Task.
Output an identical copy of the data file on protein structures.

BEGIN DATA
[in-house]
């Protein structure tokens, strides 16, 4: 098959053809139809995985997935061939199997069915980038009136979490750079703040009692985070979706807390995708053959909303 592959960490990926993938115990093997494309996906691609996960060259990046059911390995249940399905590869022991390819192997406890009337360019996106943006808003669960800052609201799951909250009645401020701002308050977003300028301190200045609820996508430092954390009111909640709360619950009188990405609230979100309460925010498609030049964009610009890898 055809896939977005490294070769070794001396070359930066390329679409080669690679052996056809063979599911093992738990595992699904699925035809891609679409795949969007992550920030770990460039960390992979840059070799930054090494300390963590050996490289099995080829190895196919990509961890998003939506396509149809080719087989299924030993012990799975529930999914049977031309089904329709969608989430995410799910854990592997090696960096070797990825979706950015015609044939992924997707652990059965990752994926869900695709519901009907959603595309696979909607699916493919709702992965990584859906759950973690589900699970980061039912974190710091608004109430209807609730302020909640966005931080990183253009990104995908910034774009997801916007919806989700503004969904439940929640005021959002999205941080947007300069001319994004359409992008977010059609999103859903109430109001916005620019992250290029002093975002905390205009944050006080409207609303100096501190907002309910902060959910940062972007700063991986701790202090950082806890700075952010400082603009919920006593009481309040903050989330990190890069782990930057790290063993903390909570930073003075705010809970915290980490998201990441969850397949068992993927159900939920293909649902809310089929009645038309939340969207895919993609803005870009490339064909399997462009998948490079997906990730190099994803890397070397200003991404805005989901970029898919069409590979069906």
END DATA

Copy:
[in-house]
């Protein structure tokens, strides 16, 4: 098959053809139809995985997935061939199997069915980038009136979490750079703040009692985070979706807390995708053959909303 592959960490990926993938115990093997494309996906691609996960060259990046059911390995249940399905590869022991390819192997406890009337360019996106943006808003669960800052609201799951909250009645401020701002308050977003300028301190200045609820996508430092954390009111909640709360619950009188990405609230979100309460925010498609030049964009610009890898 055809896939977005490294070769070794001396070359930066390329679409080669690679052996056809063979599911093992738990595992699904699925035809891609679409795949969007992550920030770990460039960390992979840059070799930054090494300390963590050996490289099995080829190895196919990509961890998003939506396509149809080719087989299924030993012990799975529930999914049977031309089904329709969608989430995410799910854990592997090696960096070797990825979706950015015609044939992924997707652990059965990752994926869900695709519901009907959603595309696979909607699916493919709702992965990584859906759950973690589900699970980061039912974190710091608004109430209807609730302020909640966005931080990183253009990104995908910034774009997801916007919806989700503004969904439940929640005021959002999205941080947007300069001319994004359409992008977010059609999103859903109430109001916005620019992250290029002093975002905390205009944050006080409207609303100096501190907002309910902060959910940062972007700063991986701790202090950082806890700075952010400082603009919920006593009481309040903050989330990190890069782990930057790290063993903390909570930073003075705010809970915290980490998201990441969850397949068992993927159900939920293909649902809310089929009645038309939340969207895919993609803005870009490339064909399997462009998948490079997906990730190099994803890397070397200003991404805005989901970029898919069409590979069906």